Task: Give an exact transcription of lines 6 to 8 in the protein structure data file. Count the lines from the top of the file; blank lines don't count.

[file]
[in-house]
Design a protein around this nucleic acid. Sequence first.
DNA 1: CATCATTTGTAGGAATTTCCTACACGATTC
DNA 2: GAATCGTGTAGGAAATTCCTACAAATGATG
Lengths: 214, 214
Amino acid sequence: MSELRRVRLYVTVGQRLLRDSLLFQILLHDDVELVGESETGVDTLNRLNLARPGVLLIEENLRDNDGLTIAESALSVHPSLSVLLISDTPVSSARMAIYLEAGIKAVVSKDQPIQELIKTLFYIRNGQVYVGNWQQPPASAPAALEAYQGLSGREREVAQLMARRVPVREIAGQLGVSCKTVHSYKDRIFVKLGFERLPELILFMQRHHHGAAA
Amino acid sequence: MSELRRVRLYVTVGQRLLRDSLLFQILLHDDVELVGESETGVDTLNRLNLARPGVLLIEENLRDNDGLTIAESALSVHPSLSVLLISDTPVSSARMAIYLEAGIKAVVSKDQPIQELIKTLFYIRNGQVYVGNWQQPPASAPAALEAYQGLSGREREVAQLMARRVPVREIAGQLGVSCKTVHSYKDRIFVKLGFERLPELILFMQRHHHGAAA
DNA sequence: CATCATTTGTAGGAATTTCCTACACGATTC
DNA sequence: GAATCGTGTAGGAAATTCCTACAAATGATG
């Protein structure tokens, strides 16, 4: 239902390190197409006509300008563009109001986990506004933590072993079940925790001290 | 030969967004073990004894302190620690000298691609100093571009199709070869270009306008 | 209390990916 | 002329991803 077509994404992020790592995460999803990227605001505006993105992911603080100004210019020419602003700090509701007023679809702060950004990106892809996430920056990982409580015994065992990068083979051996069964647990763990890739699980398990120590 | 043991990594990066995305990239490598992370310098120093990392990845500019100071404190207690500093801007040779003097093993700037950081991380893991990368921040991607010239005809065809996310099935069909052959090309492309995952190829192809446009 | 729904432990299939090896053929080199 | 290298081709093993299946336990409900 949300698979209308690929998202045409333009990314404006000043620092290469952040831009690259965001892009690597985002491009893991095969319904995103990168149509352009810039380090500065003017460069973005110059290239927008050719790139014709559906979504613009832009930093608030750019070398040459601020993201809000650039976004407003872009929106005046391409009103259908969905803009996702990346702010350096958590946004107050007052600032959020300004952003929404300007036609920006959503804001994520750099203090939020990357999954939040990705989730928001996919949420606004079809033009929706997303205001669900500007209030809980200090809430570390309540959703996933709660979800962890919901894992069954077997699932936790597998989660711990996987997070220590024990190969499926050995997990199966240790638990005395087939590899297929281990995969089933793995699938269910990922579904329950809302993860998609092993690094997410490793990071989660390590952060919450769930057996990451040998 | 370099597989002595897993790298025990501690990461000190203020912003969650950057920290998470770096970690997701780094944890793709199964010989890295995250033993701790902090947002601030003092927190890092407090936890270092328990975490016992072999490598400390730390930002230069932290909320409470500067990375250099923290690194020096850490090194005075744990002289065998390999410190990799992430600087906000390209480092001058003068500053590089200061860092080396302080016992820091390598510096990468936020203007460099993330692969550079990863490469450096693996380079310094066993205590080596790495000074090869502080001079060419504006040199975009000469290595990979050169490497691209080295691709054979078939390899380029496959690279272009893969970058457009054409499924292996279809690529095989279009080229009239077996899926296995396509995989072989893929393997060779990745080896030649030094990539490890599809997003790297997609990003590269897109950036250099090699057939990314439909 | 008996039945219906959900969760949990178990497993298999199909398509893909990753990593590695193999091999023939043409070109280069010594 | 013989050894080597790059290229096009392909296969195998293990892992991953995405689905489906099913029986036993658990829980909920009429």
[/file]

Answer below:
Amino acid sequence: MSELRRVRLYVTVGQRLLRDSLLFQILLHDDVELVGESETGVDTLNRLNLARPGVLLIEENLRDNDGLTIAESALSVHPSLSVLLISDTPVSSARMAIYLEAGIKAVVSKDQPIQELIKTLFYIRNGQVYVGNWQQPPASAPAALEAYQGLSGREREVAQLMARRVPVREIAGQLGVSCKTVHSYKDRIFVKLGFERLPELILFMQRHHHGAAA
Amino acid sequence: MSELRRVRLYVTVGQRLLRDSLLFQILLHDDVELVGESETGVDTLNRLNLARPGVLLIEENLRDNDGLTIAESALSVHPSLSVLLISDTPVSSARMAIYLEAGIKAVVSKDQPIQELIKTLFYIRNGQVYVGNWQQPPASAPAALEAYQGLSGREREVAQLMARRVPVREIAGQLGVSCKTVHSYKDRIFVKLGFERLPELILFMQRHHHGAAA
DNA sequence: CATCATTTGTAGGAATTTCCTACACGATTC